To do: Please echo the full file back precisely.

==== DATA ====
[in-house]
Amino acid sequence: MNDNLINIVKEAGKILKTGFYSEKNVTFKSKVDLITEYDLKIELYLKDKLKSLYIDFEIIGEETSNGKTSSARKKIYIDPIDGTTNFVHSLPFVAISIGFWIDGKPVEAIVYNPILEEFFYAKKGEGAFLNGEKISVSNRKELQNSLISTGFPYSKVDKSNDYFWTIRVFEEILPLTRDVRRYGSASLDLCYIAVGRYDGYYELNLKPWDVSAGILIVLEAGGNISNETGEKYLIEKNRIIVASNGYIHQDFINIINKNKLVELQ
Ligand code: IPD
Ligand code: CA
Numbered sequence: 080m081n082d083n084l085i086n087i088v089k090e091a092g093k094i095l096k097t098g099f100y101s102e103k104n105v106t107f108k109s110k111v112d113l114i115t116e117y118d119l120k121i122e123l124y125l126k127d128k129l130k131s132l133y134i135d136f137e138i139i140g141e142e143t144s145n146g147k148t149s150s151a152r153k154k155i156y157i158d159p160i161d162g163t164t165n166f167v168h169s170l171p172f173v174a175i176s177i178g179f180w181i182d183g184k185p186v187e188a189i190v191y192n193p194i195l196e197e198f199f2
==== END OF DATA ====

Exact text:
[in-house]
Amino acid sequence: MNDNLINIVKEAGKILKTGFYSEKNVTFKSKVDLITEYDLKIELYLKDKLKSLYIDFEIIGEETSNGKTSSARKKIYIDPIDGTTNFVHSLPFVAISIGFWIDGKPVEAIVYNPILEEFFYAKKGEGAFLNGEKISVSNRKELQNSLISTGFPYSKVDKSNDYFWTIRVFEEILPLTRDVRRYGSASLDLCYIAVGRYDGYYELNLKPWDVSAGILIVLEAGGNISNETGEKYLIEKNRIIVASNGYIHQDFINIINKNKLVELQ
Ligand code: IPD
Ligand code: CA
Numbered sequence: 080m081n082d083n084l085i086n087i088v089k090e091a092g093k094i095l096k097t098g099f100y101s102e103k104n105v106t107f108k109s110k111v112d113l114i115t116e117y118d119l120k121i122e123l124y125l126k127d128k129l130k131s132l133y134i135d136f137e138i139i140g141e142e143t144s145n146g147k148t149s150s151a152r153k154k155i156y157i158d159p160i161d162g163t164t165n166f167v168h169s170l171p172f173v174a175i176s177i178g179f180w181i182d183g184k185p186v187e188a189i190v191y192n193p194i195l196e197e198f199f2